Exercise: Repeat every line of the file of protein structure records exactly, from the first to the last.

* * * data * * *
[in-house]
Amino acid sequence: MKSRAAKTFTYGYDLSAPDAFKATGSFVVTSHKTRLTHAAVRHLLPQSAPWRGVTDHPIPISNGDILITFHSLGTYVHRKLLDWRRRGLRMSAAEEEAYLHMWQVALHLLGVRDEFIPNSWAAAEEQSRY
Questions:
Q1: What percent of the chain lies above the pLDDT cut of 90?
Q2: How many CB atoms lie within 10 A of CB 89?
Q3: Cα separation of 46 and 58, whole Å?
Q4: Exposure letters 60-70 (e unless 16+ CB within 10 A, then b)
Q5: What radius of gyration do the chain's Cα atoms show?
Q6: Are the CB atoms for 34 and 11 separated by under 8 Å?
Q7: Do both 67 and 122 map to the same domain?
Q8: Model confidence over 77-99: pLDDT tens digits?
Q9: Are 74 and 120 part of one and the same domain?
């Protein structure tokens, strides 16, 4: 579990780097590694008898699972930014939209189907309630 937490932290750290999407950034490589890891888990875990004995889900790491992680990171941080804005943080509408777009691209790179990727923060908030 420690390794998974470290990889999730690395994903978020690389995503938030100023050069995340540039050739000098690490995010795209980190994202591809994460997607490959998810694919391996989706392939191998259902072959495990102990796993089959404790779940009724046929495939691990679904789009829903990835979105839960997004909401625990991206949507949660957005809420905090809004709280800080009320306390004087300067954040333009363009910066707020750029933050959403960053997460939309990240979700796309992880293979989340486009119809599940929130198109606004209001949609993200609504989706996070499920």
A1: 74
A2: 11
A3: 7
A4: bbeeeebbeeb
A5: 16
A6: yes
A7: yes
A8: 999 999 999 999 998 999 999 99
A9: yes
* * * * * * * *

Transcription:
[in-house]
Amino acid sequence: MKSRAAKTFTYGYDLSAPDAFKATGSFVVTSHKTRLTHAAVRHLLPQSAPWRGVTDHPIPISNGDILITFHSLGTYVHRKLLDWRRRGLRMSAAEEEAYLHMWQVALHLLGVRDEFIPNSWAAAEEQSRY
Questions:
Q1: What percent of the chain lies above the pLDDT cut of 90?
Q2: How many CB atoms lie within 10 A of CB 89?
Q3: Cα separation of 46 and 58, whole Å?
Q4: Exposure letters 60-70 (e unless 16+ CB within 10 A, then b)
Q5: What radius of gyration do the chain's Cα atoms show?
Q6: Are the CB atoms for 34 and 11 separated by under 8 Å?
Q7: Do both 67 and 122 map to the same domain?
Q8: Model confidence over 77-99: pLDDT tens digits?
Q9: Are 74 and 120 part of one and the same domain?
């Protein structure tokens, strides 16, 4: 579990780097590694008898699972930014939209189907309630 937490932290750290999407950034490589890891888990875990004995889900790491992680990171941080804005943080509408777009691209790179990727923060908030 420690390794998974470290990889999730690395994903978020690389995503938030100023050069995340540039050739000098690490995010795209980190994202591809994460997607490959998810694919391996989706392939191998259902072959495990102990796993089959404790779940009724046929495939691990679904789009829903990835979105839960997004909401625990991206949507949660957005809420905090809004709280800080009320306390004087300067954040333009363009910066707020750029933050959403960053997460939309990240979700796309992880293979989340486009119809599940929130198109606004209001949609993200609504989706996070499920």
A1: 74
A2: 11
A3: 7
A4: bbeeeebbeeb
A5: 16
A6: yes
A7: yes
A8: 999 999 999 999 998 999 999 99
A9: yes